Long Live And Render (VII)

Shadows!

Yes! Shadows are finally working (again).

A higher resolution video can be found here

This is a big achievement because it’s the first real use of multiple render passes and shared attachments.

And it makes everything look nicer.

I always said that Vulkan is difficult to work with, but I do like how easy it is use attachments as textures. I guess I reached the point where I’m actually seeing the benefits of this new API (other than just better performance, of course).

Regarding shadows, they’re created from a single directional light. You might have noticed that the shadows are actually incorrect, because directional lights are supposed to cast parallel shadows using an orthographic projection. I am using a perspective projection instead (shown in the little white rectangle at the bottom right corner), but just because it makes the final effect look nicer. The final implementation will have correct shadows for directional lights, of course.

Let’s talk about descriptors sets

In Vulkan, descriptors are used to bind data to each of the different shader uniforms. Resembling newer OpenGL versions, Vulkan allows us to group multiple values into descriptors (uniform buffers), reducing the number of bind function calls.

But that’s only the beginning. In Vulkan, we can also group multiple of those descriptors together into descriptor sets, and each of them can be bound with a single draw command. So, we only need to create one big set with all the descriptors required for all shaders, then bind it with a single function call and be done with it, right? Well, not really (*).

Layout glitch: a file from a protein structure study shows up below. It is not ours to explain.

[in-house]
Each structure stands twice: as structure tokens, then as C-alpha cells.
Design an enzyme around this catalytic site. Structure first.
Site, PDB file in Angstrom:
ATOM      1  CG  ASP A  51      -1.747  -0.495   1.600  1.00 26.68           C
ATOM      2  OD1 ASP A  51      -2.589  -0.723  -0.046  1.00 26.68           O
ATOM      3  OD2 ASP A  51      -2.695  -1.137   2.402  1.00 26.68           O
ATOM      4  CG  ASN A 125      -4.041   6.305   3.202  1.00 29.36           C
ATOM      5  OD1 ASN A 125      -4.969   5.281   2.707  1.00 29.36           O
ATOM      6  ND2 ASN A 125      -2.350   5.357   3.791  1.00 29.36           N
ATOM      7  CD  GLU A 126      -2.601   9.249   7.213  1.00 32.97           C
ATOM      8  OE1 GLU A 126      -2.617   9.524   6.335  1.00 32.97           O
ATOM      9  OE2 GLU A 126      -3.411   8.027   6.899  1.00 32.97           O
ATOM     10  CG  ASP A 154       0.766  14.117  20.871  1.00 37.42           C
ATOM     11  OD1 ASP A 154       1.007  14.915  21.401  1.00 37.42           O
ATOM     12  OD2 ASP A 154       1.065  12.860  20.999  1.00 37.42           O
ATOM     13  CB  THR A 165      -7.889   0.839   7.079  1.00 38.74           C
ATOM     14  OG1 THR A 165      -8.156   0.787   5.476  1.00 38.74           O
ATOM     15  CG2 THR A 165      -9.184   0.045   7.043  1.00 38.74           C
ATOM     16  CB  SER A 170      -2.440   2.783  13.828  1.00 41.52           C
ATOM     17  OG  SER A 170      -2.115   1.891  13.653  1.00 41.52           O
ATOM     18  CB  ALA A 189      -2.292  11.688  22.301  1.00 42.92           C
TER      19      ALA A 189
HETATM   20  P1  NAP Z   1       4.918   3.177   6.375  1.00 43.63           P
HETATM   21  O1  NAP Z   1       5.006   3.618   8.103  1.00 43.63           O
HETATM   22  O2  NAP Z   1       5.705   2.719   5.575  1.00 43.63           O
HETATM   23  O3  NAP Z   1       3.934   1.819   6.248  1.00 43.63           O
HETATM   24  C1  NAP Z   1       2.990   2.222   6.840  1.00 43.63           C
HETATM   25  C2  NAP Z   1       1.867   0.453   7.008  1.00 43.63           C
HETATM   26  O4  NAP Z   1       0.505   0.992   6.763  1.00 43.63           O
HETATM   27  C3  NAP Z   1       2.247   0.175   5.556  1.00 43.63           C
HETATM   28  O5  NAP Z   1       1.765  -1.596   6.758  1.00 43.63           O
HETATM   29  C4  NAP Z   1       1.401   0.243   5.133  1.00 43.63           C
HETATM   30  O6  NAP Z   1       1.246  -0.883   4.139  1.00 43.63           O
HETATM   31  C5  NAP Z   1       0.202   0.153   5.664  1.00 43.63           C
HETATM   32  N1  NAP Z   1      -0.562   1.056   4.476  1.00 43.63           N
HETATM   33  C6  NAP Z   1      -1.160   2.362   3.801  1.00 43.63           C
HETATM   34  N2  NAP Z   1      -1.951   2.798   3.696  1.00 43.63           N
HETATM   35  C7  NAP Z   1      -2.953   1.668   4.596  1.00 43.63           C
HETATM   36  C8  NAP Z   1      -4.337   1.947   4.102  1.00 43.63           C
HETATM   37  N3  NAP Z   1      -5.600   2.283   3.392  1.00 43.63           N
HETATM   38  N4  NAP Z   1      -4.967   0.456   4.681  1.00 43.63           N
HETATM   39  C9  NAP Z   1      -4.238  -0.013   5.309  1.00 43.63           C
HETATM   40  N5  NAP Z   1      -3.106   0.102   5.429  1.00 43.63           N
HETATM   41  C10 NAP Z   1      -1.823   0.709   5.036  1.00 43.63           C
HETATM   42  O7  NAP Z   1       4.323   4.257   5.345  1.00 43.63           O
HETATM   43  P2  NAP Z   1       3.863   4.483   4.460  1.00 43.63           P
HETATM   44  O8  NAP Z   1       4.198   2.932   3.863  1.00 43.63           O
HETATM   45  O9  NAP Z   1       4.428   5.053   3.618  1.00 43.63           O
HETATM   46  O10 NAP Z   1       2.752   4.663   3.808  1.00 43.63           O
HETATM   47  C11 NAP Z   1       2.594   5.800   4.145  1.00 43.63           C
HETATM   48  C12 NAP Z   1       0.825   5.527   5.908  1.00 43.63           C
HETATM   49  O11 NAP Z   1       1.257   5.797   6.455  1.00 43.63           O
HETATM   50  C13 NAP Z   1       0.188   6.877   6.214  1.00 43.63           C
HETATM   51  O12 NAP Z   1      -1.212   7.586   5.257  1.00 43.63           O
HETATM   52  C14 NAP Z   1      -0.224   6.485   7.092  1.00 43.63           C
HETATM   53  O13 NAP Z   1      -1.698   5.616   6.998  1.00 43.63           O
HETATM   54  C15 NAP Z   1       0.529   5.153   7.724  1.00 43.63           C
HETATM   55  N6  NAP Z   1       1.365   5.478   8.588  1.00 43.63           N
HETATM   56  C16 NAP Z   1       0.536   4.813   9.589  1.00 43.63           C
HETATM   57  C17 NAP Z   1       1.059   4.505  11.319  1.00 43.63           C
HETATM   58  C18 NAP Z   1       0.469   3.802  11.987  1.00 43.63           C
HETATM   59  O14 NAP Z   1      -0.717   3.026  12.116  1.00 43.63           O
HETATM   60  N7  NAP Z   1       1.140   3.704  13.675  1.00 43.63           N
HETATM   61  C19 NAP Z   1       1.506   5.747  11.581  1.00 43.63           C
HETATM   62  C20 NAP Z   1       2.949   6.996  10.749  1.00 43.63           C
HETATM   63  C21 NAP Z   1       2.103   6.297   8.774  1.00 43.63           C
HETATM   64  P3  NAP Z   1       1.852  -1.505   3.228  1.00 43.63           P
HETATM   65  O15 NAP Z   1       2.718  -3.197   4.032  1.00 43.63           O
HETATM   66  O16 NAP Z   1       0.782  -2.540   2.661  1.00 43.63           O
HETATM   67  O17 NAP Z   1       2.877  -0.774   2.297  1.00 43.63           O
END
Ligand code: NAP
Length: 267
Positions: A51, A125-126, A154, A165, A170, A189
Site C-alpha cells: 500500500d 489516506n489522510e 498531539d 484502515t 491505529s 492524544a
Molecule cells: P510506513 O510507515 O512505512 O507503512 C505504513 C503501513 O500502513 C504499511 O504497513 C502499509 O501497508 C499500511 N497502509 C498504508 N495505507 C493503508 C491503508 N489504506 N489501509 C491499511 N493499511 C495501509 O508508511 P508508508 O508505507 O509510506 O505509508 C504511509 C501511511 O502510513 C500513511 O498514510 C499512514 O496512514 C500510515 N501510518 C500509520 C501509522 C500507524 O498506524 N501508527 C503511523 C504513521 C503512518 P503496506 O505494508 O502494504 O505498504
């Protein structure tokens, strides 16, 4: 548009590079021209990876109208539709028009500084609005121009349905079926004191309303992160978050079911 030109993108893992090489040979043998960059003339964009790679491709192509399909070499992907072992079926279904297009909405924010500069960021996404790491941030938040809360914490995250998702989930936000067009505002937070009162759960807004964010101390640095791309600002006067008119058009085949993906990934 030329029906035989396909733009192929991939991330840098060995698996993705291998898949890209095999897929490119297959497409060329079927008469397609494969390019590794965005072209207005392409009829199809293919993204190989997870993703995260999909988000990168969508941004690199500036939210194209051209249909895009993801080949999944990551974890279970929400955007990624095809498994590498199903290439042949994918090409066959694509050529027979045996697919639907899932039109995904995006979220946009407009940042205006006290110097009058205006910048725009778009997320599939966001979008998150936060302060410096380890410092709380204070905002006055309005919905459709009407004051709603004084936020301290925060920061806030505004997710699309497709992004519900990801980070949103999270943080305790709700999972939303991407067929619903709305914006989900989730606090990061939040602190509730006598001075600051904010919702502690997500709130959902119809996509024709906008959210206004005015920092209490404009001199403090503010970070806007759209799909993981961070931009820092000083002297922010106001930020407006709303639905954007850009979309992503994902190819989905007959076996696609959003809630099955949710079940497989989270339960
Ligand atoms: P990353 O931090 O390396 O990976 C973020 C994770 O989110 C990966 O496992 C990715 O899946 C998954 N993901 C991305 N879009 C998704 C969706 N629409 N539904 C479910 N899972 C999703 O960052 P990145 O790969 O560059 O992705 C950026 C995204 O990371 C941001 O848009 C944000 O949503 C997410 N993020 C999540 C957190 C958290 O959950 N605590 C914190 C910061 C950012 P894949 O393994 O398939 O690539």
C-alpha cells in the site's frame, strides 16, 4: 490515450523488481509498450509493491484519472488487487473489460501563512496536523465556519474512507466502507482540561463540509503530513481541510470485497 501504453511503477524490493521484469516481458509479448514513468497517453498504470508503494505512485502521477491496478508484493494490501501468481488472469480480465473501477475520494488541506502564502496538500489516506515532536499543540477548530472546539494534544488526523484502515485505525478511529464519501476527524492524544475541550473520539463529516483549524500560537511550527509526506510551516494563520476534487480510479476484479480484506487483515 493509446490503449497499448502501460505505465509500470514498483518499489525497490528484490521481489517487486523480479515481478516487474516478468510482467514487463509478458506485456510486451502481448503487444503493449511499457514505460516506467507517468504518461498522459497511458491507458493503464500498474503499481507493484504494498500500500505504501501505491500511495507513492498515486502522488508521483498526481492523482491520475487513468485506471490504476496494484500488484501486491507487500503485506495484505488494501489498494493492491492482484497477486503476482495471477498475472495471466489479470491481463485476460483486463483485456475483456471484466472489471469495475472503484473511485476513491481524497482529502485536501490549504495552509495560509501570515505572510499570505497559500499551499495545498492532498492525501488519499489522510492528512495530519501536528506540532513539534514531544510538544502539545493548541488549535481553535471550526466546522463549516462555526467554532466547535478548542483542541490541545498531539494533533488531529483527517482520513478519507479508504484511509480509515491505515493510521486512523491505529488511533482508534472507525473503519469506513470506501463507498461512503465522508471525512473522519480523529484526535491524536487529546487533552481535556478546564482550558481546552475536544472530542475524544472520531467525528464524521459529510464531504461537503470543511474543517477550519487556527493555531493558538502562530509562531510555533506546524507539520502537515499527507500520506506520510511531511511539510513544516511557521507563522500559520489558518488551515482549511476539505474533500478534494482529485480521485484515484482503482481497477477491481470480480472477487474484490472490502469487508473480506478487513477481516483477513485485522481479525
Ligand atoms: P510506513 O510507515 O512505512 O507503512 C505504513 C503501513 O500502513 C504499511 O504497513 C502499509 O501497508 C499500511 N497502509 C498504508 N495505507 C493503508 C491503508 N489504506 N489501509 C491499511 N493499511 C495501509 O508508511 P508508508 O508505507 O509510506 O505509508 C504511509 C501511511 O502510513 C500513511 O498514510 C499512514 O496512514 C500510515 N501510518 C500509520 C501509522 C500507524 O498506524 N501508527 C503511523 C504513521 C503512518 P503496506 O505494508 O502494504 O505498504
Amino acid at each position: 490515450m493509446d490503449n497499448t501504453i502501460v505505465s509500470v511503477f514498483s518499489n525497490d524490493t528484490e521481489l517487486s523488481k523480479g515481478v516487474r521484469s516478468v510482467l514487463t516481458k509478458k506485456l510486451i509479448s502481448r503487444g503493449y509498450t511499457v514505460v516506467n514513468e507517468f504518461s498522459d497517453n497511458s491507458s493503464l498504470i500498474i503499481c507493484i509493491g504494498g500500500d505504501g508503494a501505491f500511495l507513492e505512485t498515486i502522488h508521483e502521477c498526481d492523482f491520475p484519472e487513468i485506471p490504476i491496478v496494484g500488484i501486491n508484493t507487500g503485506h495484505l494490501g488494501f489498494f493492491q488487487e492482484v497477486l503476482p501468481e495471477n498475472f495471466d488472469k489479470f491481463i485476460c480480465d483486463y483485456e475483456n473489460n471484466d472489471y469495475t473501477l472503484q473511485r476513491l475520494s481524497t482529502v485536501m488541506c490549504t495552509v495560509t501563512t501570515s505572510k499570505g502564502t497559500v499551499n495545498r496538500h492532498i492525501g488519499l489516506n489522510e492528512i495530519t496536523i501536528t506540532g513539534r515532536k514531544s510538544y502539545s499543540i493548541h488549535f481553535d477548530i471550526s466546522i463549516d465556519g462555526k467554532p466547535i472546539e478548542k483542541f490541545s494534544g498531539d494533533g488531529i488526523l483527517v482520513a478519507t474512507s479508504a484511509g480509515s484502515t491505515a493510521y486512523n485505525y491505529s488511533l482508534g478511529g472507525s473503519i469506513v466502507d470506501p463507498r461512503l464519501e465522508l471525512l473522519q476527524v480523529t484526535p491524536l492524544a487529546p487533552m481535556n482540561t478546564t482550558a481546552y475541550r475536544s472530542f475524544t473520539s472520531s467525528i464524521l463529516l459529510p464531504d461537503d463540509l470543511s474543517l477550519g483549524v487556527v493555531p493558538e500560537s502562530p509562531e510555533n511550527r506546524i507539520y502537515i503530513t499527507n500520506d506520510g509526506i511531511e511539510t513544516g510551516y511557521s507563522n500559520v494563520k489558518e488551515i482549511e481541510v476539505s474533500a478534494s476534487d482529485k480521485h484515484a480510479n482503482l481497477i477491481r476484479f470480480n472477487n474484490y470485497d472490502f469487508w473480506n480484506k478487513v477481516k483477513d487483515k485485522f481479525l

Where’s the catch, then? We do want to minimize the number of descriptor sets, of course, but as the number of sets decreases, the amount of data we need to send in each of them increases. Therefore, a huge, single set approach leads to binding the whole set once per each object and render pass. Not ideal.

What we actually need is to group descriptors together depending on the frequency in which they are updated during a frame.

For example, consider shaders requiring uniforms like model, view and projection matrices to compute a vertex position. The last two of those matrices are only updated whenever the camera changes, which means that their values remain constant for all objects in our scene. On the other hand, the model matrix only needs to be updated when a model changes its pose. If the camera does change but the object itself remains stationary, there’s no need to update the model matrix. This is specially true when rendering the scene multiple times, like when doing shadows or reflections.

Then, we need two different sets, both of them being updated at different times. The first set contains the view and projection matrices and is updated only if the camera frame changes. The second set only contains the model matrix and it’s updated once per object (regardless of in which render passes is used).

In practice, shaders need much more data than just a bunch a matrices. There are colors, textures, timers, bone animation data, lighting information, etc. But we cannot create too many sets either since each platform defines a different limit for how many descriptor sets we can bind at the same time (Vulkan specs says that the minimum is four). Therefore, I’ve consider creating the following groups:

  • Render Pass specific descriptors
    This are all the descriptors that change once per render pass. Things like view/projection matrices, time, camera properties (FOV, near and far planes), each of the lights in the scene, shadow maps, etc.
  • Pipeline/Shader specific Descriptors